Blog Archive

Sunday, December 16, 2007

It was a dark and stormy night...

For about five hundred homes and businesses in Glasgow, some of last night was a lot darker than usual. We had a power outage which started at 12:26 a.m. on Sunday morning which affected homes and businesses along Grandview Avenue, West Main Street, Cleveland Avenue, and the South Green Street area. While we had most of the customers back in service within an hour, a few customers closest to our Front Street Substation were off for about two hours.

Where power outages are concerned, this was really not a big one nor was it particularly long lasting. However, it did point up some interesting phenomena relative to our power system and what happens during a power interruption that you might be interested to know. This outage occurred because our power system was severely damaged on November 5 and many parts of the power network are still undergoing extensive repairs. In particular, this outage was caused by the failure of some temporary jumpers installed on our transmission line, near the intersection of Samson Street and Front Street. They failed during a wind gust and fell down across a 12,470 volt distribution circuit constructed at a lower position on the transmission poles. Since these jumpers were connected to the ground, a short circuit occurred and relays at Front Street Substation automatically opened the distribution circuit. If you were awake (and from the phone calls we got it is obvious a lot of folks were), you saw this as a blink followed immediately by your lights flashing back on and then blinking back off (this is the automatic sequence we have programmed into substation circuit breakers to open circuits when a fault occurs and then attempt to reclose the circuit several times in the hope that the fault clears). If you watched closely you then saw your lights stay off for five seconds and then flash back on followed by them going off again for one minute before flashing back on one more time. After the one minute pause the relays are programmed to give up on the process. It is at that point that we call the breaker “locked out” and human intervention is then required.

My house happened to be one of the five hundred affected by this outage. I was awakened by the emergency lighting coming on in my bedroom and I knew just what those flashes of light meant . . . a locked out circuit breaker. Now, at 1 a.m. we do not have folks at work. Instead, we are doing the same thing that you are doing, we are all asleep. So, it takes a few minutes for us to roll out of bed, find clothes in the dark, find our way out of the house, figure out how to get the garage door open without power, drive to the office, and figure out how to disarm our security system so we can get in the building. Since I live so close to the EPB office, I am often the first one there on these occasions and this was one of those times. I got there less than fifteen minutes after the breaker locked out and several more members of the EPB team were close behind.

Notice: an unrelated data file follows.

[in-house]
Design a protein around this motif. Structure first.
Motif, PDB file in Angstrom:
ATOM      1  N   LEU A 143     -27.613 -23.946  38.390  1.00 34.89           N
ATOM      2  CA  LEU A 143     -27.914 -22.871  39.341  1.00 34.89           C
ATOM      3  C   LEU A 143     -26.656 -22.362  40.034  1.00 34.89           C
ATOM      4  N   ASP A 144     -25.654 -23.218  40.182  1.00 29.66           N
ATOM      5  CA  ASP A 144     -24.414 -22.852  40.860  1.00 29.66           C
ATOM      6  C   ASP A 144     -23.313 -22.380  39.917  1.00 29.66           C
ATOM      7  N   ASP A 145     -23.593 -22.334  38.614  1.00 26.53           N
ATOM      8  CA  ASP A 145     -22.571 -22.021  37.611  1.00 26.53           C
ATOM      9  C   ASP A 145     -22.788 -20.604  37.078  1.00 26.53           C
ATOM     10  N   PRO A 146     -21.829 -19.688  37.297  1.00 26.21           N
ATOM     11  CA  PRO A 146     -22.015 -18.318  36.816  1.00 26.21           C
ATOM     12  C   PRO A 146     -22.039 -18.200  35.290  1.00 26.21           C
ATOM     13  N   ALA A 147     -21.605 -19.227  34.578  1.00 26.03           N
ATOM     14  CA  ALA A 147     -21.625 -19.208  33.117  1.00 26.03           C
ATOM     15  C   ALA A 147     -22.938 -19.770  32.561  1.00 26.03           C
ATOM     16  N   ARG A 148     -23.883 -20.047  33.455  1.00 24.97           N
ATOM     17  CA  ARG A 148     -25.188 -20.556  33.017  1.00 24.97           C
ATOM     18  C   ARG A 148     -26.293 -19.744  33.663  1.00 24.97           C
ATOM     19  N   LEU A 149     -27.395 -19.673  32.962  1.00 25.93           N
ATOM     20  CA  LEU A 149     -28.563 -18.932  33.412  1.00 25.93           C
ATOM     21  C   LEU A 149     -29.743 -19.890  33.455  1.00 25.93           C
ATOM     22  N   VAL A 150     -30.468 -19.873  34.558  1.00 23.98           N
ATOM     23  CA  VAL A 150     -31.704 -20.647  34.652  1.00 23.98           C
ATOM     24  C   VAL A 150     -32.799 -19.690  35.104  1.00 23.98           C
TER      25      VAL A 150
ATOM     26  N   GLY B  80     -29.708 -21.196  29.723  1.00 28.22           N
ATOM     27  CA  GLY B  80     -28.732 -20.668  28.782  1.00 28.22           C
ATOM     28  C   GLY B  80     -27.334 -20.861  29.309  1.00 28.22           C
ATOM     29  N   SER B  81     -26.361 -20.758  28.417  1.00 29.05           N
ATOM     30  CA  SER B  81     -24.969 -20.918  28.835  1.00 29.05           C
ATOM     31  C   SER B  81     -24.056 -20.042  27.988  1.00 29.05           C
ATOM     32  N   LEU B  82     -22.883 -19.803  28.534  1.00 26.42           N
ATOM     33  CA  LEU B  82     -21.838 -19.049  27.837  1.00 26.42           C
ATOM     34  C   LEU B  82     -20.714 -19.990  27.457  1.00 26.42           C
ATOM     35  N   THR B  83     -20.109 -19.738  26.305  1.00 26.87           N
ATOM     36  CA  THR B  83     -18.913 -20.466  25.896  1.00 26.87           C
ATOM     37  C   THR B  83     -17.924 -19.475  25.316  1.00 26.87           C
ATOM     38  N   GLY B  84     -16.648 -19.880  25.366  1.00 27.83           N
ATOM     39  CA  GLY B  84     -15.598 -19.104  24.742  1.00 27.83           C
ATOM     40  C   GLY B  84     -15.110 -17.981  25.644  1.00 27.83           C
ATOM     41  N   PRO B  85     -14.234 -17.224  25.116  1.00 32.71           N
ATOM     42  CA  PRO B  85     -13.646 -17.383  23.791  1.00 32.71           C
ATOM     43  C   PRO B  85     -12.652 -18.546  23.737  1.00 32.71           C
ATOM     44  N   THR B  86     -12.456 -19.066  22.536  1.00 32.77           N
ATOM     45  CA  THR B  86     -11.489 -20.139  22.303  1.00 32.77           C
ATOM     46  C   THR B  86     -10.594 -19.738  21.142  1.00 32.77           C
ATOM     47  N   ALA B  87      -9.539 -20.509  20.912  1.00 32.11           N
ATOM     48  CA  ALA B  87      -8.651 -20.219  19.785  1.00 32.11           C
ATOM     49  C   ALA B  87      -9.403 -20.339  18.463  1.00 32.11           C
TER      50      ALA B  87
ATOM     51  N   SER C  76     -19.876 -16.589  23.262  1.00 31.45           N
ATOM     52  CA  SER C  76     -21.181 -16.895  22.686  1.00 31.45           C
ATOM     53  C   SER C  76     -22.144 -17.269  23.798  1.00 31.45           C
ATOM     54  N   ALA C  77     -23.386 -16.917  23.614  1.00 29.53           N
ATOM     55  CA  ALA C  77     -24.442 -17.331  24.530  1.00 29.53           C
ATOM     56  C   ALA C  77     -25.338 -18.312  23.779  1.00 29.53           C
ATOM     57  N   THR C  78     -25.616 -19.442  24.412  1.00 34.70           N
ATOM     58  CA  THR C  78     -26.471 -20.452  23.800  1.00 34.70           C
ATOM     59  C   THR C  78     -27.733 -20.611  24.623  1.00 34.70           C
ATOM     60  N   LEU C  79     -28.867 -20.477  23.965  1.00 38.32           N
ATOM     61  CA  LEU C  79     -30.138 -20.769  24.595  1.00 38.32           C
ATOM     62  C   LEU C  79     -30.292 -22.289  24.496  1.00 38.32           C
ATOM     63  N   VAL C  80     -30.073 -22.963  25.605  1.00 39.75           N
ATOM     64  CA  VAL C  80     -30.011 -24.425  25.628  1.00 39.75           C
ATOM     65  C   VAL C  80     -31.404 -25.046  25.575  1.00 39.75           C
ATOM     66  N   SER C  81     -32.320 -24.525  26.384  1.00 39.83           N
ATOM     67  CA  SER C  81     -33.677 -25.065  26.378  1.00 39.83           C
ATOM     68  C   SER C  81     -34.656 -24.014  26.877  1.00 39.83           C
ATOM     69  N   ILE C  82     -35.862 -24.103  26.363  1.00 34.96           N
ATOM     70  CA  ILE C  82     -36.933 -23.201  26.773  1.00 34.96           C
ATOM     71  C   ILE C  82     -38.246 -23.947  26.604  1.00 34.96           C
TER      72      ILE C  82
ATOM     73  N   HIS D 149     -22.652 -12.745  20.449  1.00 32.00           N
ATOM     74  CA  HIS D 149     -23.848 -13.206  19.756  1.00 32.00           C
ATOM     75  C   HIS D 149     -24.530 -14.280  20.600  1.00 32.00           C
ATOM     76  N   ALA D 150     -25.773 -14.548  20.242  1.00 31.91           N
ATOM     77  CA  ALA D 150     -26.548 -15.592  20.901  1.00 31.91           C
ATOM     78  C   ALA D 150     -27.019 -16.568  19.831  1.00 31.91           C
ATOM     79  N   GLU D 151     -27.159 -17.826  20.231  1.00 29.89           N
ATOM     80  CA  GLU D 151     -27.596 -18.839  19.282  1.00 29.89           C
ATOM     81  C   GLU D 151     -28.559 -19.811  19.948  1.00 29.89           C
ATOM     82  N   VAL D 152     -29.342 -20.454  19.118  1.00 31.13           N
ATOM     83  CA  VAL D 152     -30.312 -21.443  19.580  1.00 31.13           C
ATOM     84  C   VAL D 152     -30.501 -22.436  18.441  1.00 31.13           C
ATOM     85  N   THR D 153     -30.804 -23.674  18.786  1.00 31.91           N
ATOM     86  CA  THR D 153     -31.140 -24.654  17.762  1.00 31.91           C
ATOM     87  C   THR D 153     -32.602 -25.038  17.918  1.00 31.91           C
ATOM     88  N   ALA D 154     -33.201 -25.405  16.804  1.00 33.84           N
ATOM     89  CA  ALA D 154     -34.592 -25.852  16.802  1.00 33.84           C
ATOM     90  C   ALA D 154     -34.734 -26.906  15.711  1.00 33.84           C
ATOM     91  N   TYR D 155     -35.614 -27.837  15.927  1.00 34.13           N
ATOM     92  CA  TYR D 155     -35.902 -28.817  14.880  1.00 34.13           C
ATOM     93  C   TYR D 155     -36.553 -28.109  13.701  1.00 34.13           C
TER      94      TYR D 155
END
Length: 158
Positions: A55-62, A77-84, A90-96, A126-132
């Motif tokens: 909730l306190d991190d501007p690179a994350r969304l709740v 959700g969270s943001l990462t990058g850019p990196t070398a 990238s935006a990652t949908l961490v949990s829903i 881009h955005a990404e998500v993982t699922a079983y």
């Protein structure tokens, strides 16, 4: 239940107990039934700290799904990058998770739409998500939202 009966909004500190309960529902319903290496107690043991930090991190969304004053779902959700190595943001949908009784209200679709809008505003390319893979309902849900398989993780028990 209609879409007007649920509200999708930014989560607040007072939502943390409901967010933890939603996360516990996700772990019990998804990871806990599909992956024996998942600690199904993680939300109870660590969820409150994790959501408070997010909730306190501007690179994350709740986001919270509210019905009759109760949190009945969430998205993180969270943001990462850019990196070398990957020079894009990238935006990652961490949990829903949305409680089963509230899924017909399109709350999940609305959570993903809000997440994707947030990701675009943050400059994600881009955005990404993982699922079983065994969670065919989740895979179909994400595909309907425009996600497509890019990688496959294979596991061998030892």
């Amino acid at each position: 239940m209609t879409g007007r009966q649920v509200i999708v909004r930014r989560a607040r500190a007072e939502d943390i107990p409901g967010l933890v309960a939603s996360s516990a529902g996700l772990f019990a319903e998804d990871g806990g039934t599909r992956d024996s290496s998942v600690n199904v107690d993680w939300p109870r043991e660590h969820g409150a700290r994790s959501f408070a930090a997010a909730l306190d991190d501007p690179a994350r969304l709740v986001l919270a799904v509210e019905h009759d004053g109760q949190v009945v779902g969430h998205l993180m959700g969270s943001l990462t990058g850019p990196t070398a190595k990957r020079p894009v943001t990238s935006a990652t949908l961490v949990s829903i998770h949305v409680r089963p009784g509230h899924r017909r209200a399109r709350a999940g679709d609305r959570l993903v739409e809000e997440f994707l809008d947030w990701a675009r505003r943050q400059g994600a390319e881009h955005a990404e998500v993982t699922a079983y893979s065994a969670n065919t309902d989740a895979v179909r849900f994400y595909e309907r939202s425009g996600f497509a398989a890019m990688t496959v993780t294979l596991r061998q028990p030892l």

When you walk in the EPB dispatch center at 1 a.m. to start evaluating a power outage you are immediately faced with a dilemma. There are always hundreds of folks calling in on the phone and, since we are very concerned with our customer calls, there is one force pulling on you to start answering the phone. But, answering phone calls that go along the lines of “What is wrong with my power/When will it be back on?/Can you get my house back on first?”, accomplish nothing toward actually figuring out what is going on and calling in the right folks and equipment to start repairs. So we are immediately torn between the phone and our computer and radio systems which we know will lead to fixing the problem. Much of this dilemma could be eliminated by our customers refraining from calling in unless they heard or saw something that might help us fix the problem. Just calling in to become the 300th person to tell us about an outage that we already knew about anyway is not productive for any of us. In general, if your lights go off at 1 a.m., and you note that all the street lights are also off as well as all your neighbors, you are just wasting time and resources when you call in. In addition, if you call in less than twenty minutes after the lights go off, you will be talking to someone who just woke up themselves and is struggling to put their pants on. The person answering the phone will not know what happened, they will not know where it happened and they will not know how long it will take to undo this unknown event. We are not psychic and we generally sleep at night just like you. We need a few minutes to get up, get dressed, get in, and get on our computers to see what they can tell us. I can testify that the first fifty calls I answered this morning all asked what the problem was, and it was our time spent on those phone calls that was keeping us from finding the answer to that problem!

As I said in my previous post on this very forum, these things are going to happen more often, especially in the days and weeks after a massive storm event wherein much of our system was damaged and only repaired temporarily. Repairs are not complete because of the other severe weather in Oklahoma, Kansas, and Iowa taking all of our contractors away. They all packed up and left to help rescue the one million folks who were without power in that region. So, please, prepare for outages. When they occur, stay calm and know that my team is on the case and will have your power back on as soon as humanly possible. We will be the ones rushing to the EPB office while half-dressed. You can be the ones who just roll back over and go back to sleep!